Reclamation and Arizona
Central Arizona Project Construction
Decade Summary

The big news of this decade is the continued construction of the Central Arizona Project. The first water deliveries to Harquahala Irrigation District marked the beginning of a new era in farming. Project priorities other than water deliveries are emerging: environmental protection is integral to CAP construction and recreation is recognized as an authorized use of reclamation lands; Salt River Project canals are included in metro recreation corridors. Continuing the trend that began in the 60s, SRP's urban water use surpasses agricultural use for the first time in history (55% urban, 45% agricultural, 1984). A Supreme Court decision to refuse to reopen a previous decree awarding federally reserved water rights to five lower basin tribes will have far-reaching ramifications.


Eighty years after the signing of the Reclamation Act of 1902, the West had become one of the leading producers of agricultural products in the world, and growth turned the "Great American Desert" into a homeland for millions of people.   ... more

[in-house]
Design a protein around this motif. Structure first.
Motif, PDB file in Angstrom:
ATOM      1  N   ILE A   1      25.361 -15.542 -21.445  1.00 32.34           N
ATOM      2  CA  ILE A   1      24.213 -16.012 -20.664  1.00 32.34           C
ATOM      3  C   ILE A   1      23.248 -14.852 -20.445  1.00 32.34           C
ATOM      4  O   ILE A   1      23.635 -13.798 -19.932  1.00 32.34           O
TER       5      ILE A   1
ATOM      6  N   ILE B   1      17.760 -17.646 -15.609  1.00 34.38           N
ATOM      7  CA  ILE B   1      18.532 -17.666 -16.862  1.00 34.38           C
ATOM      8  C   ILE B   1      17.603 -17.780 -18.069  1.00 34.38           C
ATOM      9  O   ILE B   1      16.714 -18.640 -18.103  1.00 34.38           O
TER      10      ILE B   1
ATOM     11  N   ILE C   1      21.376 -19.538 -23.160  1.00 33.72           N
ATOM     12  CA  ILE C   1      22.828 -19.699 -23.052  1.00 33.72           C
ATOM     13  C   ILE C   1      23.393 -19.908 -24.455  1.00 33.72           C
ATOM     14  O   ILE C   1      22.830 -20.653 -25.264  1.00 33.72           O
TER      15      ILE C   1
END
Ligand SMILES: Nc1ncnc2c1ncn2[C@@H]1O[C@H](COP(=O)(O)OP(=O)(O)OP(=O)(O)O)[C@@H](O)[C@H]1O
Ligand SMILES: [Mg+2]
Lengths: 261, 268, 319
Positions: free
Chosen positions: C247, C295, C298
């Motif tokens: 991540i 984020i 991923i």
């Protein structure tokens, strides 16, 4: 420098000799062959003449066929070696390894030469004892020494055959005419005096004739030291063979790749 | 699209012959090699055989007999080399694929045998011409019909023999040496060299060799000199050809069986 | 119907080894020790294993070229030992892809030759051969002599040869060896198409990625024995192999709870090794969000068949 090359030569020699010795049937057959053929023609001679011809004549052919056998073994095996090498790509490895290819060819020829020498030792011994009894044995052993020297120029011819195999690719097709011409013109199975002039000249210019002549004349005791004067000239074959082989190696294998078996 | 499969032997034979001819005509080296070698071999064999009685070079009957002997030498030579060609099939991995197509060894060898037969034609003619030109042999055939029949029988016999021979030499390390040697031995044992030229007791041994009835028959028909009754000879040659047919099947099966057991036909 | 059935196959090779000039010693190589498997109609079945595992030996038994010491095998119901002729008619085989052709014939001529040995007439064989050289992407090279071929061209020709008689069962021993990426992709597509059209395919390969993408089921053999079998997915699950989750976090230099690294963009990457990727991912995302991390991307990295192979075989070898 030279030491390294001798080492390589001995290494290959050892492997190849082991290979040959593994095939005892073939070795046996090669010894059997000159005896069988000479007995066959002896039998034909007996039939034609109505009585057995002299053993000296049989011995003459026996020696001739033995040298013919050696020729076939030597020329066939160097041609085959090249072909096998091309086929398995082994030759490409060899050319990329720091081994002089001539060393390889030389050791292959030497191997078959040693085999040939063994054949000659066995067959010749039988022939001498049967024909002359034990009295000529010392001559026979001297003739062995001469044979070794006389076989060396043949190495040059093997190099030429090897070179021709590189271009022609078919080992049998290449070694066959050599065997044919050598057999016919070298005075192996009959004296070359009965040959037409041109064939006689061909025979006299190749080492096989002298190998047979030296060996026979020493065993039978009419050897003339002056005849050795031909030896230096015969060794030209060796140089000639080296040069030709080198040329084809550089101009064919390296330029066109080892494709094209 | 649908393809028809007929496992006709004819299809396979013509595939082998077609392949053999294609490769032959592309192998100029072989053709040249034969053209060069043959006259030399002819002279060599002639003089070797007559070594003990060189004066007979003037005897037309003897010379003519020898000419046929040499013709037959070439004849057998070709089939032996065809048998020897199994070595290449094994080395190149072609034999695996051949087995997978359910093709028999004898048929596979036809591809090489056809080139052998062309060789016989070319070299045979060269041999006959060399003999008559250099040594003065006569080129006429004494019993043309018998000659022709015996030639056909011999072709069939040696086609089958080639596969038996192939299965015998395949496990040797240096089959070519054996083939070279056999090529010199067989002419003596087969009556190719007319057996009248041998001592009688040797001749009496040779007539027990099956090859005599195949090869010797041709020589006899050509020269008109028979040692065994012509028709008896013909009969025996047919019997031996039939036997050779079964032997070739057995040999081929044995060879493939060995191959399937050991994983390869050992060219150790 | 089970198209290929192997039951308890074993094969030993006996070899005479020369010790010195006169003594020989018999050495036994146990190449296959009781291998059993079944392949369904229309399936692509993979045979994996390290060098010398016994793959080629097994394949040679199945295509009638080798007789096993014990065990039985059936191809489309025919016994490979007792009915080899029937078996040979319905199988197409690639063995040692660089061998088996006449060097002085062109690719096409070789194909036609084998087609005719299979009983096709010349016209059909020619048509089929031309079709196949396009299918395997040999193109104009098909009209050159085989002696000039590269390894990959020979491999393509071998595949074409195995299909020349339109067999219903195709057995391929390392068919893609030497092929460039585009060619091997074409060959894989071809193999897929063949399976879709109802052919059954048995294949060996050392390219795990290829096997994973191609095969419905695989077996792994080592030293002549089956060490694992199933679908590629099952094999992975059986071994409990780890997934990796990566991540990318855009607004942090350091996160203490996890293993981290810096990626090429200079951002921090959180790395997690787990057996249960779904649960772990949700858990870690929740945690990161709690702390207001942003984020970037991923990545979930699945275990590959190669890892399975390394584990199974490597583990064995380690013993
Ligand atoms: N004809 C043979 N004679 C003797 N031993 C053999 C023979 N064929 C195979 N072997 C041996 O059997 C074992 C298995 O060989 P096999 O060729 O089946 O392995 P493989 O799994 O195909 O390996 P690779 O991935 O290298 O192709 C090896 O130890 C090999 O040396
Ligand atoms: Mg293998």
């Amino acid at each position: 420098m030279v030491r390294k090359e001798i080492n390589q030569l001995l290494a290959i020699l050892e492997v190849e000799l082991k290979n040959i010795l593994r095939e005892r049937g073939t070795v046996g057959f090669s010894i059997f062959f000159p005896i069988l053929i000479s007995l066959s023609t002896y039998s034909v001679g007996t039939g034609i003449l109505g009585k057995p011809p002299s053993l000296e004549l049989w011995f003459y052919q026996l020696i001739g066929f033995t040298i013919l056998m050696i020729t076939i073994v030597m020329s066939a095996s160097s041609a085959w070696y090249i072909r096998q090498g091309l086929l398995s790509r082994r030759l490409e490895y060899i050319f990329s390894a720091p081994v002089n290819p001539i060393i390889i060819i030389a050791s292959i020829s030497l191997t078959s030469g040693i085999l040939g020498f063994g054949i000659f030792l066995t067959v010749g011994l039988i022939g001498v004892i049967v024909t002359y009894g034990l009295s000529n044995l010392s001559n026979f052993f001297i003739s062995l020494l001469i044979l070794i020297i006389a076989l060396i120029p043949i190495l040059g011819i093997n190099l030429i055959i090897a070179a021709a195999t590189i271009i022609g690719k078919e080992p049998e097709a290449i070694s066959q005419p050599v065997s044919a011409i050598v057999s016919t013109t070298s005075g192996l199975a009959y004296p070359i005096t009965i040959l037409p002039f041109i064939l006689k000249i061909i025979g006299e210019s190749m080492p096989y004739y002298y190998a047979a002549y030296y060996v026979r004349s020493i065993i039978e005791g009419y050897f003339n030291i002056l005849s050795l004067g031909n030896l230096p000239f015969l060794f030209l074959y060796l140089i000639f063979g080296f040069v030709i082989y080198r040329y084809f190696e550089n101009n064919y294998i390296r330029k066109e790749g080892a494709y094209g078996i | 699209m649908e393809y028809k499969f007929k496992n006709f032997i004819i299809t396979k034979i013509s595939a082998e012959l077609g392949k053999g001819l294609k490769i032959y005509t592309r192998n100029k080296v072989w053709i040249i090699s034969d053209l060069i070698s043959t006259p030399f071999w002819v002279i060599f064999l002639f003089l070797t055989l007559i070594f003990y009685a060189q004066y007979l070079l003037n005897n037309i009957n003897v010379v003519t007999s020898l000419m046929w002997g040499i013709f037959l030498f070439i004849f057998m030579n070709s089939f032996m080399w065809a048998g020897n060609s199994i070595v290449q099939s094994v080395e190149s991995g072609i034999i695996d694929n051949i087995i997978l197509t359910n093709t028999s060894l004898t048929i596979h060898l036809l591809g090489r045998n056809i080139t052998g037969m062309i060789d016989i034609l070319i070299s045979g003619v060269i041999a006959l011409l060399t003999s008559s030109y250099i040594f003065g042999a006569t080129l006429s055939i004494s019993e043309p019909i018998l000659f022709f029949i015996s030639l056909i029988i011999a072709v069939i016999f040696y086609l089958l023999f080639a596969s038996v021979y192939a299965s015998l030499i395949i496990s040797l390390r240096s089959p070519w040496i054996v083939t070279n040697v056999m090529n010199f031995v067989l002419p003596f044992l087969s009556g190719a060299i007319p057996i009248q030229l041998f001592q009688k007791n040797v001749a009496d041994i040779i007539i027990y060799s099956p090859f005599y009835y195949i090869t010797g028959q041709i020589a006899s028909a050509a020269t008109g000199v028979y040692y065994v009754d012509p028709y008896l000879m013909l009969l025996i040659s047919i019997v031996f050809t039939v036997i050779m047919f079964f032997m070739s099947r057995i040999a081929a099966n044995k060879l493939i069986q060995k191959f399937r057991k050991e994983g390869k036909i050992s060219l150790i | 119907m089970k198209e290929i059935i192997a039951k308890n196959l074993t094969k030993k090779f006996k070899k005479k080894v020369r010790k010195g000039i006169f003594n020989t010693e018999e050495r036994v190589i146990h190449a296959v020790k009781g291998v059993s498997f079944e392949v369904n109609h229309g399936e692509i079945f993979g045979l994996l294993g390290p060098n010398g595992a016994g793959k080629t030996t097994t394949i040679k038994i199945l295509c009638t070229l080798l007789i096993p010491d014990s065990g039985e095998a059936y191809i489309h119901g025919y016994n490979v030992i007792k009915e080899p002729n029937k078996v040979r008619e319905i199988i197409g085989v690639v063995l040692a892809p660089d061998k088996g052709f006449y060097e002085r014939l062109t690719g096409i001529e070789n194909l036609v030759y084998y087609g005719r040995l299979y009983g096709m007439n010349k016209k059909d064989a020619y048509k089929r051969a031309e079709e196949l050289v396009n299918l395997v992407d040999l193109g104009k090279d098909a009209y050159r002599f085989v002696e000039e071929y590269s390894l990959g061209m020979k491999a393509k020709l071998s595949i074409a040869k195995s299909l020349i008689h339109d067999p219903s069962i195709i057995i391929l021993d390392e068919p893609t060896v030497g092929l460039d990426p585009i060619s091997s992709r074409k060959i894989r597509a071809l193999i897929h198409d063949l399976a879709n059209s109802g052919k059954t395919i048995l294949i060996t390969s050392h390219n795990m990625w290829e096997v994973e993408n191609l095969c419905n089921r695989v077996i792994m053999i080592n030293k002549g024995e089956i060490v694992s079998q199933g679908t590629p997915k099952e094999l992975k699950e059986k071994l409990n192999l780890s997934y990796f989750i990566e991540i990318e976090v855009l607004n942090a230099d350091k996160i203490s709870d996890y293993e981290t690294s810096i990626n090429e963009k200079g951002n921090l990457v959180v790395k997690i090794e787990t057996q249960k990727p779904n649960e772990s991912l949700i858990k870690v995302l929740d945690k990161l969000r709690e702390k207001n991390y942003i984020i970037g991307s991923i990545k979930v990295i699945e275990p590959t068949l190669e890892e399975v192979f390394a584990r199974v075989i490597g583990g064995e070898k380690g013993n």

Central Arizona Project canal. (Reclamation photograph)Central Arizona Project canal. (Reclamation photograph)

During the 1980s, construction on the Central Arizona Project aqueduct continued. In this decade, the CAP would bring Colorado River Water to central Arizona for the first time. Construction began in 1973, but it was not until May 22, 1985, that the first water deliveries occurred, and it would be almost another ten years before the project was declared "substantially complete." With the initial delivery of 50 cubic feet per second to the Harquahala Valley Irrigation District, located about sixty miles west of Phoenix, a new era of water use and sustainability began in Arizona (see article on Water Uses). Farmers who had been using groundwater to irrigate their crops, began applying Colorado River water to their cotton, lettuce, pistachios, melons and more.

CAP water reached the Phoenix metropolitan area in November of that year when two six-foot flood gates were opened, allowing Colorado River water to be delivered to the Union Hills Water Treatment plant and the residents of Phoenix, Arizona.

CAP controversy continues through construction phase

Even as construction progressed, elements of the project remained controversial. Several dams that had been included in the original authorization were later eliminated. The Colorado River Basin Act, Public Law 90-537, which was passed in 1968 and authorized construction ... More

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